I look at the definitions/synonyms and engage is infinitely more appealing. But there's an epidemic lack of understanding on how to engage as a brand. Brands are big companies who have products or services to sell. Many of them are stuck in the old broadcast mindset of being cut off from their customers, constantly having a one-way conversation.

So how do they change their mindset and engage?

  1. Stop thinking like a company and start thinking like humans.

  2. Stop trying to reach the masses and start connecting with individuals.

  3. Stop promoting your product and start to interact with the people who (may) use it.

The Bottom Line: BE REAL!
Will this take more time? Absolutely.
Will it be worth it? Yes, if it's done well.

The truth is, people will be interested in brands that engage them while the ones who are broadcasting will continue to fly by unnoticed in their timeline/newsfeed.

What are some examples of brands that are doing a good job using social media?

Personal vs Personable

One of my number one tips for success in the social space is to engage with others as a person. Don’t just broadcast information, you need to interact, respond, and be friendly.

In direct response, one of the biggest reasons I hear from people about not wanting to get onto the social web is that they don’t want to share their personal information online. Here is my response:

You don’t have to be personal to be personable.

If you don’t want to give out any personal information online, you can do that and still be friendly and engaging.  You can share information you find interesting, you can give your commentary on something someone else has said, you can even say you’ve tried a certain restaurant or kind of food without ever giving out the kind of information you feel is inappropriate to have online.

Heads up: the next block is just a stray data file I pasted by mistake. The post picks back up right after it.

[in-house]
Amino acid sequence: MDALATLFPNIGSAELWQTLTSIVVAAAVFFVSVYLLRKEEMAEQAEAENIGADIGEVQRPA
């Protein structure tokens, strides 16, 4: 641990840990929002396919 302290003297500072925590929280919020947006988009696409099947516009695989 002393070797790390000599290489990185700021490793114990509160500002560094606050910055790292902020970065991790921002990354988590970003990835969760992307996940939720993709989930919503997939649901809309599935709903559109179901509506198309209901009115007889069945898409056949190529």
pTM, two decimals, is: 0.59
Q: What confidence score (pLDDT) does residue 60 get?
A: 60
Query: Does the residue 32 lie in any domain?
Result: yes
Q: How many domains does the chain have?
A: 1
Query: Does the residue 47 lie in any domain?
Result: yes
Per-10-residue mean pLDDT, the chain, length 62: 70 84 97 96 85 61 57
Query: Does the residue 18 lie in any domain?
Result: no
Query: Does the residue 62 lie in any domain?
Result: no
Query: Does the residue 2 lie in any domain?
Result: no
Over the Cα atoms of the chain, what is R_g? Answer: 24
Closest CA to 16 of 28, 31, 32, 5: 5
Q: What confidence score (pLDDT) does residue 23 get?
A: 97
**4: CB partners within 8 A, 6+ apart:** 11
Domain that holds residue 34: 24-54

You do it all the time.

Think about the countless conversations you’ve had at networking events, at work, or in line at the grocery store - people have friendly encounters regularly without really divulging anything too personal about themselves.  This is especially true in work settings.  Transfer this to the online space and you can build relationships that are professional in nature while still building that personal connection that makes networking so important in just about every industry.

Trust your gut.

There are people who share nothing and there are people who over-share - this is true offline as well as online.  Decide what feels right for you and go with it.  Some people are fine with sharing personal information about their families and pastimes and that’s ok. Some aren’t, and that’s ok too.  Being true to yourself is what’s most important online and is what will make the experience as authentic and enjoyable as possible.

Do you worry about the information you share online? Does it stop you from participating?